and the degrees of freedom can be expressed as

ν−1 = " 1 + L1B T #2 (L−1)−1+ " 1− 1 M W1 T #2 (L(M −1))−1 + " 1− 1 N W2 T #2 (LM(N −1))−1. (2.50)

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2.3

Simulations

In order to evaluate the effectiveness of the method proposed, simulations were run under varying scenarios to assess viability. Among the questions of interest are “Does the number of imputations significantly affect bias and coverage?” and “Does the order of imputation significantly affect bias and coverage?” All of the simulations in this section assume ignorability.

2.3.1

Simulation Set-Up

Data for the simulations are generated through the following steps. X1 is generated

from a N(50,100) and X2 is generated from N(20,100). 100 values of X1 and X2 are

randomly drawn. Y is created by takingY = 2X1+ 3X2 so thatY has a known mean of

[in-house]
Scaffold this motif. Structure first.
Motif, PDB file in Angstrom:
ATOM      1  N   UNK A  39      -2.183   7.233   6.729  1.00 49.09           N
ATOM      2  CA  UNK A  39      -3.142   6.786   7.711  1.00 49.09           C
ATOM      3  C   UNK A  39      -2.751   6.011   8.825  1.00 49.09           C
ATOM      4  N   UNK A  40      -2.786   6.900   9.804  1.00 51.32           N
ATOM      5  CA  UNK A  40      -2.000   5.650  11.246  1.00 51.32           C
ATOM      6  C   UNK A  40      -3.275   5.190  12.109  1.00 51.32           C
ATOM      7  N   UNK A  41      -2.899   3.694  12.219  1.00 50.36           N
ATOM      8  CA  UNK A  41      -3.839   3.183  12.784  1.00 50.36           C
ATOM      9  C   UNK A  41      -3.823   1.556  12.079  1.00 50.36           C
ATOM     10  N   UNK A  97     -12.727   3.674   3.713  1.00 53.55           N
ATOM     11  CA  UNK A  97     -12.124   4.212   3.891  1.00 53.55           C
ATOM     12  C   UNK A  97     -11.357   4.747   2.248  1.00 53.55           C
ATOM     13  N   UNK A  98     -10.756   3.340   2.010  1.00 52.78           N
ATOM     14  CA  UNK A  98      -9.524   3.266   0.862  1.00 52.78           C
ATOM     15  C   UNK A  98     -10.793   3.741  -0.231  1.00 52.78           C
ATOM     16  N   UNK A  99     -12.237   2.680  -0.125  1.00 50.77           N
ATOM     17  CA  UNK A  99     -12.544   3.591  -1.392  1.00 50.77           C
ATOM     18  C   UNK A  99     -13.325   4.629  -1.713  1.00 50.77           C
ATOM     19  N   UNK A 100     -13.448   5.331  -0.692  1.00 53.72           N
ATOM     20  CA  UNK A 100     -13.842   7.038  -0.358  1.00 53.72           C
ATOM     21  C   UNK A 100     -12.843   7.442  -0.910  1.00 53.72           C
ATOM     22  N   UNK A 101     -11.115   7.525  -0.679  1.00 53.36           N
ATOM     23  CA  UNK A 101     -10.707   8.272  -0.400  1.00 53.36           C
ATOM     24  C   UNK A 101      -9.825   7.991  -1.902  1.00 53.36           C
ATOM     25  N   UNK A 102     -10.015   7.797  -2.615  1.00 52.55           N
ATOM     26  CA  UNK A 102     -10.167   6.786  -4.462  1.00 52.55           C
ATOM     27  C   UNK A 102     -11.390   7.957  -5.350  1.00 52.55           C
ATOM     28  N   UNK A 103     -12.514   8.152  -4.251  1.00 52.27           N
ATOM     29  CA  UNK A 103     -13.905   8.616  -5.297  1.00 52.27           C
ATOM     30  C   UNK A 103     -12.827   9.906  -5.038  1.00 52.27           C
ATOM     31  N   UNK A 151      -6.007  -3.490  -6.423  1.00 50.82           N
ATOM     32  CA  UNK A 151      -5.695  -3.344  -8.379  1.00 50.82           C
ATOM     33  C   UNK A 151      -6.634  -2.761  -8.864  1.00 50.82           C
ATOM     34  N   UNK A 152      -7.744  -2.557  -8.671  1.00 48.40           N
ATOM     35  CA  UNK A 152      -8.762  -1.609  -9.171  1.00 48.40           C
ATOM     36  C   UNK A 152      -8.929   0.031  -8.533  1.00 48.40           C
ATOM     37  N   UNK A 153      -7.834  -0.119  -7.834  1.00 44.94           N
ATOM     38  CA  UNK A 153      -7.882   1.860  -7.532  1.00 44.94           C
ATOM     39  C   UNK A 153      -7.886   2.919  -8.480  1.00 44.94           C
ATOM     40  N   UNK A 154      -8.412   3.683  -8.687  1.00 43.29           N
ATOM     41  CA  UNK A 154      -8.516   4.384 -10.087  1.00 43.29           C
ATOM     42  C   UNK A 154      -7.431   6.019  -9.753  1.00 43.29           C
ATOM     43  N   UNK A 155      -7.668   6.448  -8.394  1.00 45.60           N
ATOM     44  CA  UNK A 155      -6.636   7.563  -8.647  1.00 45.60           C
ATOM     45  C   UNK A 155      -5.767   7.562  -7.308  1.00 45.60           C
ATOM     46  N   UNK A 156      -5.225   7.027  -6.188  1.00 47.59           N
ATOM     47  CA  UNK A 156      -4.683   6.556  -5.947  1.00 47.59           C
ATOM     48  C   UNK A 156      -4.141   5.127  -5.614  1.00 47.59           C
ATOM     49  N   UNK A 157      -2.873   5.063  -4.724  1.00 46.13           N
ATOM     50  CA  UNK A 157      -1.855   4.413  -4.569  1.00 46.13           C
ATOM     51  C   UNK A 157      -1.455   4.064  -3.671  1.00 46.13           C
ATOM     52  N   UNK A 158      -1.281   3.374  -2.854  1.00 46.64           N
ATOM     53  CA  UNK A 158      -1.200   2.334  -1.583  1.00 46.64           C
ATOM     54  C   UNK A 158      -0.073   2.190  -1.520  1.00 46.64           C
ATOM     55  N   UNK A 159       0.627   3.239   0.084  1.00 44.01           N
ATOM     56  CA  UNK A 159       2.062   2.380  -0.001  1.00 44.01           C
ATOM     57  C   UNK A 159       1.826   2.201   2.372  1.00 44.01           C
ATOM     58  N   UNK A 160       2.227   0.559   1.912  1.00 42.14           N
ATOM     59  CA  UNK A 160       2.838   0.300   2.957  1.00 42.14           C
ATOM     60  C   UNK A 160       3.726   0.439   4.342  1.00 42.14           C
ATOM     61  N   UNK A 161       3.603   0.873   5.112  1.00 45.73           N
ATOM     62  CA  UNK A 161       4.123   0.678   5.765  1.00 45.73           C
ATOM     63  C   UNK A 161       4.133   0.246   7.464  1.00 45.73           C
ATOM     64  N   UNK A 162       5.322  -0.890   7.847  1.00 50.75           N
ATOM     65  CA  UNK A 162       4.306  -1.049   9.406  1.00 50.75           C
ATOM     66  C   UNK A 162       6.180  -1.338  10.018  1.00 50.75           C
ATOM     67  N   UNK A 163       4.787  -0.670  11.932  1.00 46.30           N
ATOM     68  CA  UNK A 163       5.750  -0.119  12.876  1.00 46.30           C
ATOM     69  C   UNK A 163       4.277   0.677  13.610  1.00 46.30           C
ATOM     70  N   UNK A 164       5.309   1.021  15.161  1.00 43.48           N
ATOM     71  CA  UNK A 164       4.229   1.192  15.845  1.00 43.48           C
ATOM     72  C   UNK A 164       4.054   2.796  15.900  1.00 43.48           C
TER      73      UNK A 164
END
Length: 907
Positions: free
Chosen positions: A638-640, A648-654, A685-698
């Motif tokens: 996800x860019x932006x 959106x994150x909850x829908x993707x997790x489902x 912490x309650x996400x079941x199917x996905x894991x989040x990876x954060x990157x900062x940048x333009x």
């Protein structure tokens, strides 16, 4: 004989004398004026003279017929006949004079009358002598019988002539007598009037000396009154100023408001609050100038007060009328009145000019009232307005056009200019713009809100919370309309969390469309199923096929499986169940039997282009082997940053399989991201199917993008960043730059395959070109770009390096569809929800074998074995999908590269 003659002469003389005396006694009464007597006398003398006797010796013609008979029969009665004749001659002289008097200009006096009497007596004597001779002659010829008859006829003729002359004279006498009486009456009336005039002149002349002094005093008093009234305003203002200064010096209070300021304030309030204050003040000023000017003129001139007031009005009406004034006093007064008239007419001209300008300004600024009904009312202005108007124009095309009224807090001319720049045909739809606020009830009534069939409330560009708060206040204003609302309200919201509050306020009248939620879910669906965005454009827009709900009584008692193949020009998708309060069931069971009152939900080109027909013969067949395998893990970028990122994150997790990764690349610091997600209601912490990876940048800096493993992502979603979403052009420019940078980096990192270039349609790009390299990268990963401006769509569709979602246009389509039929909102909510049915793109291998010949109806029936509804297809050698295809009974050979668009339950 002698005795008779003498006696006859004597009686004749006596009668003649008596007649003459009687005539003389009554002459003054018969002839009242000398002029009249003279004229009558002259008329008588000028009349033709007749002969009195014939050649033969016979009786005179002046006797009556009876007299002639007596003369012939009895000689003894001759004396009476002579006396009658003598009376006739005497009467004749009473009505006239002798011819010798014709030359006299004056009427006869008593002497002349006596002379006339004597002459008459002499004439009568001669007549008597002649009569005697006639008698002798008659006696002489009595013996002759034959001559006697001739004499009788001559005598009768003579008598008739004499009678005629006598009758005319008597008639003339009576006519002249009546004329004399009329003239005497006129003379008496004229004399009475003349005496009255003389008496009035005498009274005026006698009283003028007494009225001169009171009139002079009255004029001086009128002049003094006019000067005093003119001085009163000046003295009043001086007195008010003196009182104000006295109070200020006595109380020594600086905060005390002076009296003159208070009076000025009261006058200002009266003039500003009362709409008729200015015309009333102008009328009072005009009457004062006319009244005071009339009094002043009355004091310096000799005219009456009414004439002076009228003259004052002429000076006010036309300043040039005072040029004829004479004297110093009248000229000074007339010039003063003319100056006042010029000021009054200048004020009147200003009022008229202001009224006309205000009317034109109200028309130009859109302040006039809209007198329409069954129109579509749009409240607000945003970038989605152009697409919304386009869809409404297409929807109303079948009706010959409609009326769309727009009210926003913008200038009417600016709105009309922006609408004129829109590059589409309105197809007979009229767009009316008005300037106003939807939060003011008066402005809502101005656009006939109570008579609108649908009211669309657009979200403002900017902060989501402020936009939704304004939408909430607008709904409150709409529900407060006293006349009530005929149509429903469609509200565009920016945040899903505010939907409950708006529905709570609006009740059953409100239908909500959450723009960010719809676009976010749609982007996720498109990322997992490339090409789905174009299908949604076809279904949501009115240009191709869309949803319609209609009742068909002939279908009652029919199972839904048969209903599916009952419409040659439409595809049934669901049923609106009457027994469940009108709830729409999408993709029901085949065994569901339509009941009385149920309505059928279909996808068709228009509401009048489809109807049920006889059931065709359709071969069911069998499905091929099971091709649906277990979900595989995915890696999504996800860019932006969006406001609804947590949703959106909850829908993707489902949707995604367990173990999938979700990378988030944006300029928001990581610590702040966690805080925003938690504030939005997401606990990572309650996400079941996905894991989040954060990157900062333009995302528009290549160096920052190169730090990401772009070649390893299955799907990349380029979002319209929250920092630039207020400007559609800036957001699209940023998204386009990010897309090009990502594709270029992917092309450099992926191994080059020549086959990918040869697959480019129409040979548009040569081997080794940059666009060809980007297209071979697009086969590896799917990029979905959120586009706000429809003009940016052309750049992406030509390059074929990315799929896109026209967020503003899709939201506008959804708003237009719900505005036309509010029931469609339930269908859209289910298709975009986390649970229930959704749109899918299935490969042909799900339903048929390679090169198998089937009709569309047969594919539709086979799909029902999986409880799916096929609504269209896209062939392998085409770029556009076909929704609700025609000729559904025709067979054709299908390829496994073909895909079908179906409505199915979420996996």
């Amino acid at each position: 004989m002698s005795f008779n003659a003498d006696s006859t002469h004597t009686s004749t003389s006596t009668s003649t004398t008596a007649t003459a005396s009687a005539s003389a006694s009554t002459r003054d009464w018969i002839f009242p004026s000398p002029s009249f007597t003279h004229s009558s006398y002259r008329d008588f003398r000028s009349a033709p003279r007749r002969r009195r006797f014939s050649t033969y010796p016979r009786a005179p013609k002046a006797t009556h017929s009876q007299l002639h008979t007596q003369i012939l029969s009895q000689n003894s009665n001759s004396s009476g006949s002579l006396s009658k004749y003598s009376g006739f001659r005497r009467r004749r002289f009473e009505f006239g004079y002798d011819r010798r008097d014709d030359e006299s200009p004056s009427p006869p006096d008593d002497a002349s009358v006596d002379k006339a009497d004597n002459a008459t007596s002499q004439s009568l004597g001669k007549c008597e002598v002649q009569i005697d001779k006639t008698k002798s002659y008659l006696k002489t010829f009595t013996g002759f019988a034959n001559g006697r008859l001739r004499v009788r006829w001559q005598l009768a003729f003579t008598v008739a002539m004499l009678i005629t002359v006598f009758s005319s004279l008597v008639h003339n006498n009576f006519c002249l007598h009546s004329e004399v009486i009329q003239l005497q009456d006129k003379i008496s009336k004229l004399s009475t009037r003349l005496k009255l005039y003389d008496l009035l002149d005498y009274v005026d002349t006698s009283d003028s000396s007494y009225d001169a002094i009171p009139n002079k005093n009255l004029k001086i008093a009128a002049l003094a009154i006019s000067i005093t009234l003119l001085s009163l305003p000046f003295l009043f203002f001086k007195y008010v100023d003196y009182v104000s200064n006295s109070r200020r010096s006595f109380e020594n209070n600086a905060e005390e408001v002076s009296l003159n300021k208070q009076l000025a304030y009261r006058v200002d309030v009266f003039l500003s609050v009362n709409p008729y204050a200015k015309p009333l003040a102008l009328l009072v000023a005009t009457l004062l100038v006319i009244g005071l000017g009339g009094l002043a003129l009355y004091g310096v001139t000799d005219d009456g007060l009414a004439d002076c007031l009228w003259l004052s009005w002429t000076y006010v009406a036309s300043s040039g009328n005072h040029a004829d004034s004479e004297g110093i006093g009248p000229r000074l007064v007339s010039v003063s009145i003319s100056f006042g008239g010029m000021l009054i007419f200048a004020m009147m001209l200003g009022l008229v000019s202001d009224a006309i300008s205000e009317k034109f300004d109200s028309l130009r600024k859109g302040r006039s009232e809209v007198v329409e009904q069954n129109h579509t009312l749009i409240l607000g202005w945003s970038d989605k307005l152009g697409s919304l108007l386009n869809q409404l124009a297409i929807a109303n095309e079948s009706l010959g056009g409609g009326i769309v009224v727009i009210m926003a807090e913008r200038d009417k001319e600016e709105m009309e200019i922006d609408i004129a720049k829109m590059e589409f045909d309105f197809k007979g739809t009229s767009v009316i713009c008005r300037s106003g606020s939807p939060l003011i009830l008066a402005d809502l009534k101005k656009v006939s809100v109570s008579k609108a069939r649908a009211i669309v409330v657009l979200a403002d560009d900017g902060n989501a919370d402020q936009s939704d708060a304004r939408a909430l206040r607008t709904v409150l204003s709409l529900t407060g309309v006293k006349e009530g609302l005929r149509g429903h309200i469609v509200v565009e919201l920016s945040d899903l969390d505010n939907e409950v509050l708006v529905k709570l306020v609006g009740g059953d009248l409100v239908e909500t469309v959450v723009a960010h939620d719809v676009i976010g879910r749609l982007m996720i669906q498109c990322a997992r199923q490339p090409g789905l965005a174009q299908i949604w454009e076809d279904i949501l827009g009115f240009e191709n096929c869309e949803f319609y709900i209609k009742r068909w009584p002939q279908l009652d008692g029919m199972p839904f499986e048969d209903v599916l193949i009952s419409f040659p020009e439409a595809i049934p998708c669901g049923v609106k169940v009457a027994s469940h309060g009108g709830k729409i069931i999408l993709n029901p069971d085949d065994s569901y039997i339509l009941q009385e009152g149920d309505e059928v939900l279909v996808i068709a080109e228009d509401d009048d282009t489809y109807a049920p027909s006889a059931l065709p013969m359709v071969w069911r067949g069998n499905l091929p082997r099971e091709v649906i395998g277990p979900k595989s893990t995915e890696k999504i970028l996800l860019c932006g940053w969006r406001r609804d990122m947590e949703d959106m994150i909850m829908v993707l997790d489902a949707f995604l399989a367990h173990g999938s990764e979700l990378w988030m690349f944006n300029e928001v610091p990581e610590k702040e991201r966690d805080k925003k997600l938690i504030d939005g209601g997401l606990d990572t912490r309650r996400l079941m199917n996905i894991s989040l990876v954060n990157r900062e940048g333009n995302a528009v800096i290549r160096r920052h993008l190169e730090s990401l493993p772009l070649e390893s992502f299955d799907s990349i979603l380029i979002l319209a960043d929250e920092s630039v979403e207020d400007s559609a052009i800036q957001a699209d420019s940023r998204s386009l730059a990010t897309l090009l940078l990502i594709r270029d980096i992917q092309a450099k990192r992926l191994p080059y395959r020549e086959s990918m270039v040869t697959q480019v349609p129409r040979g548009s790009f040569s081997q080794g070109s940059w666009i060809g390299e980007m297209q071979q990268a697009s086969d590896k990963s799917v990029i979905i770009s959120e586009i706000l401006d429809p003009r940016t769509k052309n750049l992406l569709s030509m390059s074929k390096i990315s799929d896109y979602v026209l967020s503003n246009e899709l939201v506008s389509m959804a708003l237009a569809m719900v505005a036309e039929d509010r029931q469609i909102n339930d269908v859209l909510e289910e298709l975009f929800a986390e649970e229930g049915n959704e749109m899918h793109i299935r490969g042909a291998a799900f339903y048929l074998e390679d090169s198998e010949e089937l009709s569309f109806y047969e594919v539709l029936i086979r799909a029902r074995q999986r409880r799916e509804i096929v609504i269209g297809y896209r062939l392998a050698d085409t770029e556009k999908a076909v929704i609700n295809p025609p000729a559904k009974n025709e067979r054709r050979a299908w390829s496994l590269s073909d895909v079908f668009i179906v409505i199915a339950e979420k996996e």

160. Then,Ycom is the data which includes Y and X1. X2 may be thought of as random

error.

A missingness structure is imposed as follows:

1. The first type of missing value is created with an MCAR structure to simulate a missing covariate. That is, a prespecified percentage of the values in X1 are

randomly deleted. Let M CAR% denote the percentage of missing values due to the first type of missingness.

2. The second type of missing value is created under an MAR structure. LetM AR1%

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are removed if they are above the top M AR1% percentile of X1.

3. The third type of missing value is created under an MAR structure. Let M AR2%

denote the percentage of missing values due to the second type of MAR. Values in Y are removed if they are below the bottom M AR2% percentile of X1.

The missing values are imputed using the norm package in R (Schafer & Novo, 2013) with varying numbers of imputations at each stage denoted by the ordered triple (L, M, N) and such that the order is M CAR%,M AR1%,M AR2%.